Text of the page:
This is the only practical solution atm, if you don't want to hack C. And busybox versions should be pretty standard conforming. –  maxschlepzig Jan 21 '11 at 21:25

This is an older topic, I realize. However, this solution was never mentioned and comes up relatively high on google for "Linux with bsd userland".

There's another solution: heirloom. I know it works on Arch, and it's packaged in the AUR (look at gnu2sysv, for instance). This will replace Arch's coreutils package and provide the heirloom equivalents. You can read about the whole thing on arch's wiki: https://wiki.archlinux.org/index.php/Base2heirloom


I suspect you'd have a hard time getting rid of GNU Coreutils, however, there's always the equivalent BSD tools, although they aren't drop-in replacements for the GNU tools.

how would I go about installing BSD tools on a Linux distro? where would I get them? –  xenoterracide Jan 20 '11 at 14:22
FreeBSD's entire OS is available via CVS freebsd.org/cgi/cvsweb.cgi/src, however, getting the BSD userland to compile under a Linux kernel would be rather difficult. GNU's userland is probably more portable than BSD, since GNU's userland (at least at the beginning) was built to be portable between multiple kernels. –  jsbillings Jan 20 '11 at 15:32
that sounds like a PITA, sure if it's reasonably possible someone somewhere has packaged it at least once for linux. –  xenoterracide Jan 20 '11 at 16:46
Solaris (as of 140-something is also available) would also be an option. If you are using a distro you are crazy. Stop now. If you are using LFS, rock on! Have fun! If you are making a distro, I applaud your bravery sir. –  bahamat Jan 20 '11 at 16:49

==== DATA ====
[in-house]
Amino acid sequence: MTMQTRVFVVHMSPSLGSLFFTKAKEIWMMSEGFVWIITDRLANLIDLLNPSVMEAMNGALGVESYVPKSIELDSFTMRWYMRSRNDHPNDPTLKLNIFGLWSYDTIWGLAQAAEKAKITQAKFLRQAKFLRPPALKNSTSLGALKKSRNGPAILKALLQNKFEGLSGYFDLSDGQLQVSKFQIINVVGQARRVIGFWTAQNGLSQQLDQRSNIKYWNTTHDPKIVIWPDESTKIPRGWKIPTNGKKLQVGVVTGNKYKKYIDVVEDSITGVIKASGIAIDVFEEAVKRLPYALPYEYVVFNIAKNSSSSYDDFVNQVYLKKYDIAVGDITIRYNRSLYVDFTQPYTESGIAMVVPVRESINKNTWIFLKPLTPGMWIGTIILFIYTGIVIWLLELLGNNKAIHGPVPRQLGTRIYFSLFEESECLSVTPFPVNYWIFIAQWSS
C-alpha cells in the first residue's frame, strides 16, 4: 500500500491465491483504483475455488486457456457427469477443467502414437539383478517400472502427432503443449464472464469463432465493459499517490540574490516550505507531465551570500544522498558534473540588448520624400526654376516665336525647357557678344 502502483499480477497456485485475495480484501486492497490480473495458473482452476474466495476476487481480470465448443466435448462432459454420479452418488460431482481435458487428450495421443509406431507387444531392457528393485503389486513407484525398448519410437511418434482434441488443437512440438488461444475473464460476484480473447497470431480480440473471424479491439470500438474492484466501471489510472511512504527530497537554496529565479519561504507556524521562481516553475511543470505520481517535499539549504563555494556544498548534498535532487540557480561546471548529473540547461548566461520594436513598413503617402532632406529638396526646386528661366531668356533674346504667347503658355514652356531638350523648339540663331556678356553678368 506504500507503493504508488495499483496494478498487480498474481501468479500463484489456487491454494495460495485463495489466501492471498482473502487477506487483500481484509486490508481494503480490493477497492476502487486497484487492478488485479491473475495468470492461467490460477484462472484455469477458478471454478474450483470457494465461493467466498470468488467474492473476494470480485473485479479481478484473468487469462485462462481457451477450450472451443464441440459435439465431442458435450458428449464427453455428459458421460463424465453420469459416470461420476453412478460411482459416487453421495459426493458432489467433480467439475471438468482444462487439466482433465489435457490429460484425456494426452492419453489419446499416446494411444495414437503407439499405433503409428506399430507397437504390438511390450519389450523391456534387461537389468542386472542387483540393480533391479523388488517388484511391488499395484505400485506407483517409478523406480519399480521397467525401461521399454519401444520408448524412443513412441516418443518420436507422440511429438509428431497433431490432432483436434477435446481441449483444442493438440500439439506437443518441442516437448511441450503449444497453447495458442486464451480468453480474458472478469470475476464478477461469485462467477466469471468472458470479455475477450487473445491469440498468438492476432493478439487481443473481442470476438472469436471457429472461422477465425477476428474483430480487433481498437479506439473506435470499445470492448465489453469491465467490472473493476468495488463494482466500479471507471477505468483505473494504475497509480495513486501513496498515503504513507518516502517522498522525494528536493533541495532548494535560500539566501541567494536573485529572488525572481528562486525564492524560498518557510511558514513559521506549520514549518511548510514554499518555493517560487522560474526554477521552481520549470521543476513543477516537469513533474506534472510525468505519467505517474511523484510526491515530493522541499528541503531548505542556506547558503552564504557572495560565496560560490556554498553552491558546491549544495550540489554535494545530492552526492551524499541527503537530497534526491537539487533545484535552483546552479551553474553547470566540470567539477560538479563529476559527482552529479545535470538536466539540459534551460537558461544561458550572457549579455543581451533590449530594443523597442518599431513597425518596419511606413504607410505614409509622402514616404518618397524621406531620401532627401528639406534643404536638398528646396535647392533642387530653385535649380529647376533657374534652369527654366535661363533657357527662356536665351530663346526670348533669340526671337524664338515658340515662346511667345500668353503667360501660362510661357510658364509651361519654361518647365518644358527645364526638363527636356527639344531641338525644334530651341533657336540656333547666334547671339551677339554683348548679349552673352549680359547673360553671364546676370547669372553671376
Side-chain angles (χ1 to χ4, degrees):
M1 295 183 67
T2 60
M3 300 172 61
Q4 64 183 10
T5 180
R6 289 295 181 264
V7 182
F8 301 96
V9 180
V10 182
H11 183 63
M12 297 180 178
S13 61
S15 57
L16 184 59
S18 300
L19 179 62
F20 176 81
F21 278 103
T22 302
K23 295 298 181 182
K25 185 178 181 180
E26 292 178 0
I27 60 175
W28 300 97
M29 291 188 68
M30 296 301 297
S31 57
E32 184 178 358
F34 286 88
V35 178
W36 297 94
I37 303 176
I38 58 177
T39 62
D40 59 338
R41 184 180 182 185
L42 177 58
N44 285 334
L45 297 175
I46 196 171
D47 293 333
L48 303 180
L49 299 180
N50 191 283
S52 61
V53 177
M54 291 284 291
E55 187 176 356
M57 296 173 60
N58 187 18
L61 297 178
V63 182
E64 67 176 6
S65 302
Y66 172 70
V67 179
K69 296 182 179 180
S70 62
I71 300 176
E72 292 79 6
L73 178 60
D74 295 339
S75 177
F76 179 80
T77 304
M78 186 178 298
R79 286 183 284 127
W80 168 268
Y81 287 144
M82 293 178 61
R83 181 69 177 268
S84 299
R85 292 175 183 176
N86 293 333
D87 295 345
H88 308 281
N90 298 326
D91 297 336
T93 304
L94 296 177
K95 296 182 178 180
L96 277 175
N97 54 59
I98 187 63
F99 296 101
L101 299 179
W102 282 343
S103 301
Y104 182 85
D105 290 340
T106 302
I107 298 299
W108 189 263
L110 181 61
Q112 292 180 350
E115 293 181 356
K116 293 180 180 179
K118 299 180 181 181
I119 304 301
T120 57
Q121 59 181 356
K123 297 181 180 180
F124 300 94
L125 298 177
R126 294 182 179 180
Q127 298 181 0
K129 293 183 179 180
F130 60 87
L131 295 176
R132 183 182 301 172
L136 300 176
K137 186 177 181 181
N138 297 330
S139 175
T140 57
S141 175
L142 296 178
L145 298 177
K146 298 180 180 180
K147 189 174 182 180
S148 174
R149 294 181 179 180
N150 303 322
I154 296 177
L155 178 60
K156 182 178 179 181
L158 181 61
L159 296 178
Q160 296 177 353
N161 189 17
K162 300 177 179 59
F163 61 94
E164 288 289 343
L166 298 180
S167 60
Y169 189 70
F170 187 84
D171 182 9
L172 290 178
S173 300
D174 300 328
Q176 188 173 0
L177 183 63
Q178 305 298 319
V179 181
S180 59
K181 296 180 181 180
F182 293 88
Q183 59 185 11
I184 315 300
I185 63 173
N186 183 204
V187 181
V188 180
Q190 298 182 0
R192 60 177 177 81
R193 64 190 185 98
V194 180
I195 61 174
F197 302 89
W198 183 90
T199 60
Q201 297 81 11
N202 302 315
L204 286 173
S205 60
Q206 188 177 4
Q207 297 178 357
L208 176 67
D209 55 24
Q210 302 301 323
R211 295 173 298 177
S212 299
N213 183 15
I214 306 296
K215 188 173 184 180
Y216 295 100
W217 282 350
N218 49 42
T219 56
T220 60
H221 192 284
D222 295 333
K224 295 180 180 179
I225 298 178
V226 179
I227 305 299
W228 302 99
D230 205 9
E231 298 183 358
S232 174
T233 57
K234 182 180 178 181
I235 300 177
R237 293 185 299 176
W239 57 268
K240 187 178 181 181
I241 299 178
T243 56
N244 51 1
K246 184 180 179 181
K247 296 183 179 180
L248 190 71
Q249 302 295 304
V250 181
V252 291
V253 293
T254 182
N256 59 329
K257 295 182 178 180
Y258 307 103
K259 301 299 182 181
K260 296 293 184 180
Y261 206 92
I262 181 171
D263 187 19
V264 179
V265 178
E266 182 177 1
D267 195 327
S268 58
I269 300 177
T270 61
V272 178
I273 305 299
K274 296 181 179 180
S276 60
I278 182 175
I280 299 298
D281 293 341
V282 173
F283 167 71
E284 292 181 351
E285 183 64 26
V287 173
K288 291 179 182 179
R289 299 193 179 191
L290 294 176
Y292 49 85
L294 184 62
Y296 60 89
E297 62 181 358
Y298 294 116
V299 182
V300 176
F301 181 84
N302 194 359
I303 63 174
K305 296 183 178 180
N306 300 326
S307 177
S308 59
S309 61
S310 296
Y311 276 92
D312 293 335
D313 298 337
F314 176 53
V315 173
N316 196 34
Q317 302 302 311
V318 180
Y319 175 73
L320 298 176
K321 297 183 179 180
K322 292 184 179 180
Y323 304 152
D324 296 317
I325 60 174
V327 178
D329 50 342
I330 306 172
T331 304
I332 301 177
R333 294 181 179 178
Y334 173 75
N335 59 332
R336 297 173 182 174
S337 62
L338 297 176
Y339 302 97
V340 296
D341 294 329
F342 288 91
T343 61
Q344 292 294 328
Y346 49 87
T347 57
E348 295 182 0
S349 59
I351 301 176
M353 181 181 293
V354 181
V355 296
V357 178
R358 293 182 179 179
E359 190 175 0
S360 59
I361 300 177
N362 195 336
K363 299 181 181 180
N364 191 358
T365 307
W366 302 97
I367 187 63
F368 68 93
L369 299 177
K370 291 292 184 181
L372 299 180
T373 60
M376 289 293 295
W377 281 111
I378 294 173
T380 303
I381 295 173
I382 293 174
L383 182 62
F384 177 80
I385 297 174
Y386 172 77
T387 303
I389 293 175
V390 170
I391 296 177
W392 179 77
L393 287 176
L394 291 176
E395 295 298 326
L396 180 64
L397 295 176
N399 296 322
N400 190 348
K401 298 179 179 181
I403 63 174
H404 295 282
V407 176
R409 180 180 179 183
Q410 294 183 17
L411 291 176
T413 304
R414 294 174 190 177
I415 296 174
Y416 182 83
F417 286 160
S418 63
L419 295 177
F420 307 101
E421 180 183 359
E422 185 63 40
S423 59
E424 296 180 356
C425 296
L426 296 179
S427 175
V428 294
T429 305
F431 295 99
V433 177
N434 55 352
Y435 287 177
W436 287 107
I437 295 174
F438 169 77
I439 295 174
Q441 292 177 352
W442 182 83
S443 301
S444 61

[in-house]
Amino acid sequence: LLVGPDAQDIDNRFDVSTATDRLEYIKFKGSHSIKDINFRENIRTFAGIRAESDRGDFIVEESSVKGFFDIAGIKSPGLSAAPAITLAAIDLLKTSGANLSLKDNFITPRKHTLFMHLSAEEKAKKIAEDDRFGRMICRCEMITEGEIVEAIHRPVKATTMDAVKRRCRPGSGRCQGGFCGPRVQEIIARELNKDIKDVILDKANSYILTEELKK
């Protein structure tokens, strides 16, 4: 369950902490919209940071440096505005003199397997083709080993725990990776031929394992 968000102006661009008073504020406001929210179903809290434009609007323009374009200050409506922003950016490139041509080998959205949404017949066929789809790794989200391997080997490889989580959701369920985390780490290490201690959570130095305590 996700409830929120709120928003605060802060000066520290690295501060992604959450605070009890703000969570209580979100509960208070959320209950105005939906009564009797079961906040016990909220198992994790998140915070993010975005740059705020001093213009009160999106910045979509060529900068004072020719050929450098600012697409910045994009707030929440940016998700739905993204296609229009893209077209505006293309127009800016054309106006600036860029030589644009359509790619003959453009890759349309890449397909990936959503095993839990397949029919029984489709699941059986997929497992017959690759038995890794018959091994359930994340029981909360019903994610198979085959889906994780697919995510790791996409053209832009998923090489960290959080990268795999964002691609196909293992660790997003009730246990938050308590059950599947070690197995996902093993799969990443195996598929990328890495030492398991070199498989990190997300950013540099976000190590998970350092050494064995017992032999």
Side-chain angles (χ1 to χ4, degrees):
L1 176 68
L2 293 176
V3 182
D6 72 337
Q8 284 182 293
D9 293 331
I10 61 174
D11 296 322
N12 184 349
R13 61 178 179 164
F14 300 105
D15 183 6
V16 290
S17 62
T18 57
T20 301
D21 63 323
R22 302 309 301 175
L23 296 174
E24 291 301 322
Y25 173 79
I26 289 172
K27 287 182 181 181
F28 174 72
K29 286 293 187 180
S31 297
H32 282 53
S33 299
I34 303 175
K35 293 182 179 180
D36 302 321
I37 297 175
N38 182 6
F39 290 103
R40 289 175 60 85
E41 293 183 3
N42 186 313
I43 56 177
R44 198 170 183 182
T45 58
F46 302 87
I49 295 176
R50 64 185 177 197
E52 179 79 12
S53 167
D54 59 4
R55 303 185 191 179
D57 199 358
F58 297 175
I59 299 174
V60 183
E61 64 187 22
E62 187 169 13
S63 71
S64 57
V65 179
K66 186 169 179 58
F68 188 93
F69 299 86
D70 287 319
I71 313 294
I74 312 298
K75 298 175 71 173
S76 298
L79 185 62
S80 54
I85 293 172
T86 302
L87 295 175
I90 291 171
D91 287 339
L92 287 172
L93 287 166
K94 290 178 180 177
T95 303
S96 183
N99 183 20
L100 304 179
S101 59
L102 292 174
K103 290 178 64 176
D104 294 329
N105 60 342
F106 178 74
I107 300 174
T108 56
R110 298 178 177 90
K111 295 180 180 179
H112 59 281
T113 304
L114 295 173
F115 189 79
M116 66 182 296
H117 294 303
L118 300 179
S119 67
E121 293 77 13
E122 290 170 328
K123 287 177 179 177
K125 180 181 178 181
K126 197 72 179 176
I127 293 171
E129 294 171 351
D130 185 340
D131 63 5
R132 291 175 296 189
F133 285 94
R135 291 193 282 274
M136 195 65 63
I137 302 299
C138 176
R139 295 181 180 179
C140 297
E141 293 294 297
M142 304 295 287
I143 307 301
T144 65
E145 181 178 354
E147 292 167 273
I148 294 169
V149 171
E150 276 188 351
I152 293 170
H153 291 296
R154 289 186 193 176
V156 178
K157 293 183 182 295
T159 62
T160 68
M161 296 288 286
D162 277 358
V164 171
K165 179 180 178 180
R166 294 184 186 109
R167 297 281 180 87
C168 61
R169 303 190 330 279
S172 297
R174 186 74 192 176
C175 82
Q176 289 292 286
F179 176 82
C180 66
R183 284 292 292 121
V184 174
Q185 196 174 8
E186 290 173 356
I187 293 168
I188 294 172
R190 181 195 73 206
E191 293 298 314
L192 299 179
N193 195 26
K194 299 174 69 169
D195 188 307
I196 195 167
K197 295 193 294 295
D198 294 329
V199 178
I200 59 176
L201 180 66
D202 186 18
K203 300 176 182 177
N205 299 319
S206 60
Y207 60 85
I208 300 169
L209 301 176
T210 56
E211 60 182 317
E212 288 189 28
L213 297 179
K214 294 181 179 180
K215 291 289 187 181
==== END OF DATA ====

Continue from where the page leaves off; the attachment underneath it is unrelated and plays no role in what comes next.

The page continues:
Yeah, I'm not sure it's even possible. It'd probably be easier to just install FreeBSD and enable linux compatibility. You can easily get the GNU coreutils working under FreeBSD, but not vice-versa. –  jsbillings Jan 20 '11 at 16:53

Solaris (as of svn_140-something) would also be an option.

If you are using a distro you are crazy. Stop now. Seek psychiatric help.

If you are using LFS, rock on! Have fun!

If you are making a distro, I applaud your bravery sir.

this isn't a question about "which distro" can I use, it's about replacing coreutils on Linux. Unless you're referring to opensolaris coreutils? also is this less of a PITA than the FreeBSD option? –  xenoterracide Jan 20 '11 at 16:56
The source code for OpenSolaris is just Solaris. The Solaris source code up until svn_14x was released by Sun/Oracle under CDDL. There are basically three main heritages for Unix userland. "Genetic" Unix (Solaris, AIX, True64, etc., which came from AT&T code and is largely closed, but Solaris was open for a time), BSD (which finally stood on it's own as of 4.4-lite) and GNU. But I think that moving away from GNU will be equally difficult (or easy) wether you go with BSD or Solaris. Or you can get really ambitious and make xenocore-utils ;-) –  bahamat Jan 20 '11 at 17:06